The videoconference was broadcast from CSD, and we were able to provide students with this opportunity through our partnership with the St. Louis County Library, since he was scheduled to speak and sign books there during an evening program. Students from Ladue Horton Watkins and Lafayette High Schools in St. Louis, and St. Joseph High School in St. Joseph, Michigan, and Kopperl High in Kopperl, Texas participated. The format was just a basic Q & A with the author, and we did a roll call, going from school to school, in turn. The students were well prepared and asked terrific questions. The author said afterward that he had had a great time and enjoyed talking to the group. In fact, later that evening, while taking questions from the adult group at the library, he referenced the students’ questions that he answered during the afternoon.

Of course, the inevitable question came up from the students (whereas adults rarely ask), “How much money can you make as an author?” The answer? Not much, unless you hit it big or win the Pulitzer. Mr. Jones said he had been given the MacArthur Foundation Fellowship, and he added, “I now get $100,000 a year for doing nothing!” Other questions dealt with his writing process: how does he comes up with ideas, what is the most difficult part of writing, does he plan his symbolism, and do his stories contain any parts of his own life. Other questions dealt specifically with certain parts of his stories and/or novel, and it was clear that these students had read them as part of their class assignment. Interestingly, to the question about what he advises young people who are aspiring writers to do, he replied, “Read, read, read.” He also plugged school, which the teachers really appreciated. He told the students to stay in school and take the advice of their teachers and other adults in their lives because these people were viewing life from a greater vantage point. “If you stay in school, twenty years from now, when you are driving a nice car to your nice home or condo, you’ll see people on the street who dropped out, asking you for a dollar.”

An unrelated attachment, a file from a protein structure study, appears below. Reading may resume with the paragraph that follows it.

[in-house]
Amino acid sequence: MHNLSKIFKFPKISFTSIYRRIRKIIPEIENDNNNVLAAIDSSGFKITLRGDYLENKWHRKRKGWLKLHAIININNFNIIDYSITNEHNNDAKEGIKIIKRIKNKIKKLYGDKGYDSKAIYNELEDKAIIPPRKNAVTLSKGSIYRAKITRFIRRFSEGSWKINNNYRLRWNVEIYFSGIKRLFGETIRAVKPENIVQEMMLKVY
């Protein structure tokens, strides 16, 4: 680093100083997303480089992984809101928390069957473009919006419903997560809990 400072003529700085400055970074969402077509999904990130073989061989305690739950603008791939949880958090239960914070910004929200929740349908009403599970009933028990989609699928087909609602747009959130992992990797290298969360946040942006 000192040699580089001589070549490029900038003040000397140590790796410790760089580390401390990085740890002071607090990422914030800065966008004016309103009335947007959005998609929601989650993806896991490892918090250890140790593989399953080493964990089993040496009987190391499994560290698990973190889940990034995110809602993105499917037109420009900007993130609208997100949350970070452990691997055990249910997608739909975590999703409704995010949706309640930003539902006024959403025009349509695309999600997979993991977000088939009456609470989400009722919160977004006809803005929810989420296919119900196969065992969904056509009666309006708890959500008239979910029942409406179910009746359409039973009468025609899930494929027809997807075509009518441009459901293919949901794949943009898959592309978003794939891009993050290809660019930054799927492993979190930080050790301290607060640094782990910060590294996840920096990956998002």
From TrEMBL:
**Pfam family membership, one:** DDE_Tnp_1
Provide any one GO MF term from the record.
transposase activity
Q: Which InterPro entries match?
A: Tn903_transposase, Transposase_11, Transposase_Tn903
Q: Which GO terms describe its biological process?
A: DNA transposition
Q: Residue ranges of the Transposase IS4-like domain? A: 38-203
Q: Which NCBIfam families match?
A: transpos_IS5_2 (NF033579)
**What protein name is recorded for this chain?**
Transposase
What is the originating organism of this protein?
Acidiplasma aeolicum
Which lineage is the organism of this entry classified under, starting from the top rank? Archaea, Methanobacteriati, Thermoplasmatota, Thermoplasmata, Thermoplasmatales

The technology performed flawlessly. It was a picture perfect videoconference and the evaluations we received from the teachers indicated that it was a resounding success. We were fortunate to be able to have Mr. Jones come to CSD, and the technology enabled students who would not otherwise have been able to dialog with him do so. Another testament to the power of videoconferencing!

BTW: We taped the whole thing and got Mr. Jones’ permission to disseminate, so if you would like a copy of the videotape, contact Rebecca at, and she will mail one to you. New Links members, supply us with a blank tape in exchange; others, $10 per tape.

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raalogo.gifWant to learn more about Read Around the Planet

It is a wonderful, collaborative, free program for schools to participate in. Read Around the Planet is a celebration of NEA’s Read Across America. Classrooms throughout the country  (and world) use interactive videoconference systems to connect with other classrooms- around the planet- and read to each other.

The activity is sponsored by TWICE and Polycom, in cooperation with NEA. For more information on TWICE (Two Way Interactive Connections in Education), please visit their blog: I really encourage you to consider this for your school. There is a set procedure, however, so when you visit the website, read all the details carefully, and go to the links provided!